My mothers father's family came to canada on the highland clearances and settled in Nova Scotia, some of the family members a few generations later settled in eastern seaboard of the untied states. My grandmothers family came from England to Quebec in the late 1800's when they were giving land away to attract settlers.

On my scottish side of the family I found an entire fond in the nova scotia archives on one of my ancestors. A very brave lass who went to Armenia to assist refugees during the the ottoman reign. She assisted thousand of refugees, setting up a hospital and school in Varna Bulgaria. The archbishop of malachia the patriarch of the armenians in turkey bestowed upon her his ecumenical blessing. This said to be a most unusual thing, very rarely is the ecumenical blessing bestowed upon anyone outside the armenian church. All of this before the age of 30. I even was able to have the photographs of her in the fond copied and sent to me.

My father's family is still a mystery to me, although I have made attempts to learn more. Its very difficult because I do not speak french. My father and his family were from Quebec city and came to canada from france in the 1600's. My dad left home when he was 12, I suspect it was not a good home, as he never returned or saw his 7 brothers and sisters again. My dad never spoke french to us and would not teach it to us. This is really sad for me, because that part of my hertiage is lost to me, and it appears that it is a rich hertiage and culture. I must stop now because I will go on hours.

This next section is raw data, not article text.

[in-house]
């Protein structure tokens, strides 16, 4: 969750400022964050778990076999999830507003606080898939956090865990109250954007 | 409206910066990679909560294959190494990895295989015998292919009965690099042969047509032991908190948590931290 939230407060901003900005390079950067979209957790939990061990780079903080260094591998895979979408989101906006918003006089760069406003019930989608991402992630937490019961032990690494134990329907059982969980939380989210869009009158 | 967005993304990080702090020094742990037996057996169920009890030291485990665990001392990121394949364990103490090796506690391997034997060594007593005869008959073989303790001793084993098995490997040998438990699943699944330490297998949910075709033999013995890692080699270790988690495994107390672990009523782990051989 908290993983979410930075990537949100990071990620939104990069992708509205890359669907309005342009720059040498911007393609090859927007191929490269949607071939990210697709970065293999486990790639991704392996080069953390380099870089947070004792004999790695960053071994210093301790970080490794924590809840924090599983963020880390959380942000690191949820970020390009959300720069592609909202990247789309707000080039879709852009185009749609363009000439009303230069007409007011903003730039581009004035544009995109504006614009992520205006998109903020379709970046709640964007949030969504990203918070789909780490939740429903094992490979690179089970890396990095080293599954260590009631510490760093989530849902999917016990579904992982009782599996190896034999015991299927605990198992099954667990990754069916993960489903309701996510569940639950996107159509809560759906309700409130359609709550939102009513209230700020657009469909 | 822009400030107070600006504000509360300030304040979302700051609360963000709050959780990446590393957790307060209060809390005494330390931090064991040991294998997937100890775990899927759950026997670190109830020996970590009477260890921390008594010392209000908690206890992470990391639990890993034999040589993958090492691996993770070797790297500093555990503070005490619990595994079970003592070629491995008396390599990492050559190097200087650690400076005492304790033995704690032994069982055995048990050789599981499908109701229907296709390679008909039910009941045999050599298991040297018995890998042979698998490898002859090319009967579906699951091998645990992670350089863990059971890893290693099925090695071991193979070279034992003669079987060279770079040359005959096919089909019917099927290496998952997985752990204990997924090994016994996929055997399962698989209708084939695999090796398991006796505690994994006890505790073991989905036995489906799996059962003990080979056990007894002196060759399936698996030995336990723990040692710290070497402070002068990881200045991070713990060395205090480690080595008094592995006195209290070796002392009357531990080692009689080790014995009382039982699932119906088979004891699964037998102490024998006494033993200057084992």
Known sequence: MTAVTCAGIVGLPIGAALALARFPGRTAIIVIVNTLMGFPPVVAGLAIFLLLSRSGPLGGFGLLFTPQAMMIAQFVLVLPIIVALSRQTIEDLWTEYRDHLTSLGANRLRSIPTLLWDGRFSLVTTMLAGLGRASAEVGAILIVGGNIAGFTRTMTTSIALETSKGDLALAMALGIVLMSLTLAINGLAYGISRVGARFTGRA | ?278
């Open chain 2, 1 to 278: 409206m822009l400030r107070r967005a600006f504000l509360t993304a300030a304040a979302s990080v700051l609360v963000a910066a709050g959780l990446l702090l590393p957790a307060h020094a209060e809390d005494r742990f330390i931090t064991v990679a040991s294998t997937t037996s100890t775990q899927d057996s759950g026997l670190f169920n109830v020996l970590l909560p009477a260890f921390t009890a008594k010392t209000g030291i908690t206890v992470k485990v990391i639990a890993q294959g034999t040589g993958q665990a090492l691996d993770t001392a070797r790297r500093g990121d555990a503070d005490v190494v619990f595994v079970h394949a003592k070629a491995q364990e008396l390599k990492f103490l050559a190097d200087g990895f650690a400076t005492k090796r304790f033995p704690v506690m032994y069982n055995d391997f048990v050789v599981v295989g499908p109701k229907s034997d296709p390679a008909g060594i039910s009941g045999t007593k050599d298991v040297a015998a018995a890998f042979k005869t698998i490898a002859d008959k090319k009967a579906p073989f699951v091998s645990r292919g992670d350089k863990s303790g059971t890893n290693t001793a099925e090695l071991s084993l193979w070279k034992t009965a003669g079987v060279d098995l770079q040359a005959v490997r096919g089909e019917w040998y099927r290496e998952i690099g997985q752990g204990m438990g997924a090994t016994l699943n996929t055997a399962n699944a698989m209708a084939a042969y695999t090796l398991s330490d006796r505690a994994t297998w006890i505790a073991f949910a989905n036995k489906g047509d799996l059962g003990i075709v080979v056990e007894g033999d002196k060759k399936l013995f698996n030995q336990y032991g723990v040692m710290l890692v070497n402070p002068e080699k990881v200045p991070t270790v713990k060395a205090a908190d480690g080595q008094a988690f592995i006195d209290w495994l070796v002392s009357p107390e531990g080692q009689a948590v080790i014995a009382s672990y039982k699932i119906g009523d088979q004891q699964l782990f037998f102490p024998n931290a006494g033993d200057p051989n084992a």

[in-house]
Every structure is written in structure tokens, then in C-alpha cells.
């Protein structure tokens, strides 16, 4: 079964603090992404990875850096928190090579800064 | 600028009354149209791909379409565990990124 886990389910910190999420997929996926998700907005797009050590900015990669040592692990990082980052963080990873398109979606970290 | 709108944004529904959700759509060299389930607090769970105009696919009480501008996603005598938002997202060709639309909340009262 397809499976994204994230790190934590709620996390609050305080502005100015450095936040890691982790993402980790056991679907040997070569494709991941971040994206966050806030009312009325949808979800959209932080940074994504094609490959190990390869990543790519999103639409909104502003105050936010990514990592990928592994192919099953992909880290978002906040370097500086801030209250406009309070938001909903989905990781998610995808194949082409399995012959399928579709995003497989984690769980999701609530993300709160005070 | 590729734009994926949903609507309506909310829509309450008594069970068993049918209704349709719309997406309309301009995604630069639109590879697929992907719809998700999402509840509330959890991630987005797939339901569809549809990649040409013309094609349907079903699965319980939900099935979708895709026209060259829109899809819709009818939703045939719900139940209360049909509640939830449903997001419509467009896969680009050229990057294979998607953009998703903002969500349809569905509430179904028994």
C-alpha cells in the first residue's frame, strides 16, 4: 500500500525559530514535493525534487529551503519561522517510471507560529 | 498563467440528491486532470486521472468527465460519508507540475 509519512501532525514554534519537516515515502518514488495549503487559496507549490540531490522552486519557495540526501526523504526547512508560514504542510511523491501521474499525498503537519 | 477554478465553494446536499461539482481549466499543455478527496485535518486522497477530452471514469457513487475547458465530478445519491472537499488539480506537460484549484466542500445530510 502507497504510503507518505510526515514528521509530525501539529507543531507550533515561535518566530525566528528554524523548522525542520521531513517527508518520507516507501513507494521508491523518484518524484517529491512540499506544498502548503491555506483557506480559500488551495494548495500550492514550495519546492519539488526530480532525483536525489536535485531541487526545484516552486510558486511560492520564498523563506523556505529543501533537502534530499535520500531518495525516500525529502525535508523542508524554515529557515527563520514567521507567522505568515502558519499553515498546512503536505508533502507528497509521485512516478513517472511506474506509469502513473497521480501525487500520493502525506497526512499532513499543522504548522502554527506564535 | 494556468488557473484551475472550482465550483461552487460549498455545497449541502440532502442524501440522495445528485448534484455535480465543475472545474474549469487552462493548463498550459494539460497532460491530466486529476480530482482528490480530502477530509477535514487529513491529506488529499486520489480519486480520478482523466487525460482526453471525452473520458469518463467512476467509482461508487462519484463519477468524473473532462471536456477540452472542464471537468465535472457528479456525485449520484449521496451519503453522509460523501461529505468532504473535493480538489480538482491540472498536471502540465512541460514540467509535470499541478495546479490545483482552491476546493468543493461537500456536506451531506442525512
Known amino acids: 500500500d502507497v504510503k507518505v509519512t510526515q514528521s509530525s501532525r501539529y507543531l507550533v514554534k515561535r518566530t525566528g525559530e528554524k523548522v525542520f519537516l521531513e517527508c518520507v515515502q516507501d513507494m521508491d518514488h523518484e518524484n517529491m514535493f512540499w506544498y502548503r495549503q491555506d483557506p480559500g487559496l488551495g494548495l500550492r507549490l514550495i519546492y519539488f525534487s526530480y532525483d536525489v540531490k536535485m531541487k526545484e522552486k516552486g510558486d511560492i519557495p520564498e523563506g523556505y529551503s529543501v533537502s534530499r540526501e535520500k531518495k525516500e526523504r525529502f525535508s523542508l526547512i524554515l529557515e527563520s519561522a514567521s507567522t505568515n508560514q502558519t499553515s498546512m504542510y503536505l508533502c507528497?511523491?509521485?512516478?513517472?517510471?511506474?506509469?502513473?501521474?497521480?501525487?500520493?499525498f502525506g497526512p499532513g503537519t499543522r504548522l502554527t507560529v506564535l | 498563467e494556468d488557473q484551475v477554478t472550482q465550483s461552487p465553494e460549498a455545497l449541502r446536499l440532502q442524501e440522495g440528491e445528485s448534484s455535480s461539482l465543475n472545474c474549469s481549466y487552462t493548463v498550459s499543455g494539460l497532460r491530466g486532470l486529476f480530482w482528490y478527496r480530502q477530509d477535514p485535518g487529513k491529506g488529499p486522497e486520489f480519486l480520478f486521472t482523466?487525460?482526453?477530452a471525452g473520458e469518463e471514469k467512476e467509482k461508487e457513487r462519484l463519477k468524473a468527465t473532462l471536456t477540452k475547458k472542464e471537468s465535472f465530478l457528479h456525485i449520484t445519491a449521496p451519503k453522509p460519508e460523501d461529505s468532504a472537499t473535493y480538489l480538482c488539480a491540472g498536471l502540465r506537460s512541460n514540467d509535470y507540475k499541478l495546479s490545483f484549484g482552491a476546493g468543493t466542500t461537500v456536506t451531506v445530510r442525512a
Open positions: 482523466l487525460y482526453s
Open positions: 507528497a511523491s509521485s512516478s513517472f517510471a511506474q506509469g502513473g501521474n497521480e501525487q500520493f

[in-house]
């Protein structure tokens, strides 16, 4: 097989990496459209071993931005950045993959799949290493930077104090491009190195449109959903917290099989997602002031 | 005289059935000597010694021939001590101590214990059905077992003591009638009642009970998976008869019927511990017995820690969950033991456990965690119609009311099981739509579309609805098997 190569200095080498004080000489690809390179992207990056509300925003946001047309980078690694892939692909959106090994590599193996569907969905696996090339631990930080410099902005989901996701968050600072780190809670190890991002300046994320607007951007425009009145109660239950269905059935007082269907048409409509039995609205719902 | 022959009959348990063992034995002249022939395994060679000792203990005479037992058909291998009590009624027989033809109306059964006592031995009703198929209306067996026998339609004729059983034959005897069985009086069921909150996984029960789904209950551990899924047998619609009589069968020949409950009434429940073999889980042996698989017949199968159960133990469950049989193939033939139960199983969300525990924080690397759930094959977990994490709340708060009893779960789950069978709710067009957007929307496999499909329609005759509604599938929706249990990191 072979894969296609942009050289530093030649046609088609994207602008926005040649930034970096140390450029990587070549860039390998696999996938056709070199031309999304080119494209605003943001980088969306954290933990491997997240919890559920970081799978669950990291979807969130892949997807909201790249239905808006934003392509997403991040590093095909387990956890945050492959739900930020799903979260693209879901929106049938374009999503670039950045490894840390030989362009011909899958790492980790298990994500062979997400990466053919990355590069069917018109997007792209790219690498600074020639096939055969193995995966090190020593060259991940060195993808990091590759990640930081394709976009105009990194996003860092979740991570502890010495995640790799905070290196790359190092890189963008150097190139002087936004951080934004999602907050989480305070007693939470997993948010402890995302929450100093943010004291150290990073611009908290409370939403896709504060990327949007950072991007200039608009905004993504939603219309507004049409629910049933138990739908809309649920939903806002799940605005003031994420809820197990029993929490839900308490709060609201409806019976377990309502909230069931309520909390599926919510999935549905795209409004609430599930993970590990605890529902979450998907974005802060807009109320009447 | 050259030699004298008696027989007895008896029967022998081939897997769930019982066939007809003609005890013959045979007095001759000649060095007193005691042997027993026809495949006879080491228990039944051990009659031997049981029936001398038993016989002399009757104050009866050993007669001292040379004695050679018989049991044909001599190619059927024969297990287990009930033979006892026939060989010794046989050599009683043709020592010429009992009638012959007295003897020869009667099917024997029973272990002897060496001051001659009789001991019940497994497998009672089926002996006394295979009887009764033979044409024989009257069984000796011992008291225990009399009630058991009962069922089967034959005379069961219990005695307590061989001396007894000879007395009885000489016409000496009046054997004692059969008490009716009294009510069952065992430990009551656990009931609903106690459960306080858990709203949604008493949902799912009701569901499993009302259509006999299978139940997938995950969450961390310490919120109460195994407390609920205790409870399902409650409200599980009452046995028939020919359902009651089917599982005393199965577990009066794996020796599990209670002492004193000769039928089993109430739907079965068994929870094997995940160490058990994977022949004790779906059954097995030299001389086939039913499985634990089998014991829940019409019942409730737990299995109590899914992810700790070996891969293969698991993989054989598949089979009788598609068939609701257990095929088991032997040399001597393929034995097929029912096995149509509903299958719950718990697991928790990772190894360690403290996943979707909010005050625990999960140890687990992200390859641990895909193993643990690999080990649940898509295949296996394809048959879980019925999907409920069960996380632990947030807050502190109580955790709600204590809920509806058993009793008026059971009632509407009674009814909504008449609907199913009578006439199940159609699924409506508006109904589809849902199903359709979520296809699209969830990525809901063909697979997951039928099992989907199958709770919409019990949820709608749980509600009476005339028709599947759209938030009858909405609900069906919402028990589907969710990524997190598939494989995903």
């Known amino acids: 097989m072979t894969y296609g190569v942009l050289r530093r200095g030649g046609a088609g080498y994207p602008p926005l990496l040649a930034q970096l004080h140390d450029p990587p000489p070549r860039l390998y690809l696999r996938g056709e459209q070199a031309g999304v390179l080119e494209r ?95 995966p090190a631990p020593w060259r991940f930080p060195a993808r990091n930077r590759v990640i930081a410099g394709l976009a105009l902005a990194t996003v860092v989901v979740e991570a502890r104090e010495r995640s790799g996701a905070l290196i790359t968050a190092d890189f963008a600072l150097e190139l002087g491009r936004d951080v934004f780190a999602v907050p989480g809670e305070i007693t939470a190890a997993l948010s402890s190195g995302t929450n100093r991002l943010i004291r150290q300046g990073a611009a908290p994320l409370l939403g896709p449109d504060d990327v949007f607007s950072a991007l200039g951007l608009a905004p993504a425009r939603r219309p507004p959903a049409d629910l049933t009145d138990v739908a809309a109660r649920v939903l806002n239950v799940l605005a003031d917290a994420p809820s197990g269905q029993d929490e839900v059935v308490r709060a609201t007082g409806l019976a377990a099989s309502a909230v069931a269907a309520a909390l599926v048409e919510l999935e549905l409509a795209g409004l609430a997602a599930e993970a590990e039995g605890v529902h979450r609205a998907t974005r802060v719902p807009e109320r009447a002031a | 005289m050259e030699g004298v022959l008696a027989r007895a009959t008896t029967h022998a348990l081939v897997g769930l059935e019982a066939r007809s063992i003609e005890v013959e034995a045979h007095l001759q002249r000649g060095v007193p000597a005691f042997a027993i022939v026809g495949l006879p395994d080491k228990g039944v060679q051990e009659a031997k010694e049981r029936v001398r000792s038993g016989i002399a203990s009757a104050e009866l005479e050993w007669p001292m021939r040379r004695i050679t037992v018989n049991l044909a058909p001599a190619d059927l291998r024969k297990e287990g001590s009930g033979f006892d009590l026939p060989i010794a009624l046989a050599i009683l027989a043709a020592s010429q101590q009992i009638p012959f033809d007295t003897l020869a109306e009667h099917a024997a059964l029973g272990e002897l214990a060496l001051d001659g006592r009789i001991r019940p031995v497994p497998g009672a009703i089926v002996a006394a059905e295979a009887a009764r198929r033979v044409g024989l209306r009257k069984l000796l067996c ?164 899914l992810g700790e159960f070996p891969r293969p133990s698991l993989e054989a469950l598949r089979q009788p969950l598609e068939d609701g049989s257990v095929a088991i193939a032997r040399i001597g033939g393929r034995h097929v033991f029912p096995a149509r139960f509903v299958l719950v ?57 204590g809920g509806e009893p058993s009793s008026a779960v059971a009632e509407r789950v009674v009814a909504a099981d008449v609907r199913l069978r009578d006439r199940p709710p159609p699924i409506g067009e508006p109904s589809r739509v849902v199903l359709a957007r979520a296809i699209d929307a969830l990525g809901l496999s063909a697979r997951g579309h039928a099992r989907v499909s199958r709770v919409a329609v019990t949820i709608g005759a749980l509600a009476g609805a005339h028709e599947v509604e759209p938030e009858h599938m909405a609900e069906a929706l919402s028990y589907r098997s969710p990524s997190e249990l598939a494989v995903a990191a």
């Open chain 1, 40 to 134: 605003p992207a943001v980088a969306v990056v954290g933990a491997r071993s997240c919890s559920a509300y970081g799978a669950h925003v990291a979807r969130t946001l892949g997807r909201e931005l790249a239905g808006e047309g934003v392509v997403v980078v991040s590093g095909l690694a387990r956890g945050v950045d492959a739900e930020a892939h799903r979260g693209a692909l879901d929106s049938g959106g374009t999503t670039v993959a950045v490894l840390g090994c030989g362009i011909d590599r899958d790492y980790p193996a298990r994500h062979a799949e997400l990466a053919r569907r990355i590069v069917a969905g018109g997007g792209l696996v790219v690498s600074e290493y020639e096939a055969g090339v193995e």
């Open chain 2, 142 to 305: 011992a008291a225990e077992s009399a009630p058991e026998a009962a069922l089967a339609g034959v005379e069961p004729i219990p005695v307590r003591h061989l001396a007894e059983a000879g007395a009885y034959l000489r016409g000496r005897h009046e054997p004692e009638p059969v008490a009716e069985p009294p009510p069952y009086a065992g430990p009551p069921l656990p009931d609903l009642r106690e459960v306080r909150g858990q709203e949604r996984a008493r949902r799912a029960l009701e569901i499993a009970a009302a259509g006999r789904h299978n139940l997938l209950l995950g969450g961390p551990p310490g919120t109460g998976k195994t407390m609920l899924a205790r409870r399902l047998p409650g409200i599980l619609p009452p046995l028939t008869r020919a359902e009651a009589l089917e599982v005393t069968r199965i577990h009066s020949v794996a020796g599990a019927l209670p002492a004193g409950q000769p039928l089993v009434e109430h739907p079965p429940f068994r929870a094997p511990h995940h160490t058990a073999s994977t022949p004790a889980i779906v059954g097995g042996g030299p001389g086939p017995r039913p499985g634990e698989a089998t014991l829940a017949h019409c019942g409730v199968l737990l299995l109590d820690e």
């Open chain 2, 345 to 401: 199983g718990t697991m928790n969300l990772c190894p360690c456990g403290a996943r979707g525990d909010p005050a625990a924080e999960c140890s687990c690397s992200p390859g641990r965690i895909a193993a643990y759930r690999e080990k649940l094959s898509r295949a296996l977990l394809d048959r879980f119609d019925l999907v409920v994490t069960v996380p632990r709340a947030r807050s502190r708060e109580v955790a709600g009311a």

Haggis McBagpipe
#12
I'm glad you asked me that question last night! This is proving to be good fun. That's sad about your dad not allowing French to be spoken, but you could still learn it.
 
peapod
#13
Haggis what is the name of the loyalist you mention that settled in nova scotia. I have alot of genealogy software, and there is alot of information on this group, if you don't mind giving me the name I can check it out for you.
 
Haggis McBagpipe
#14
Quote: Originally Posted by peapod

Haggis what is the name of the loyalist you mention that settled in nova scotia. I have alot of genealogy software, and there is alot of information on this group, if you don't mind giving me the name I can check it out for you.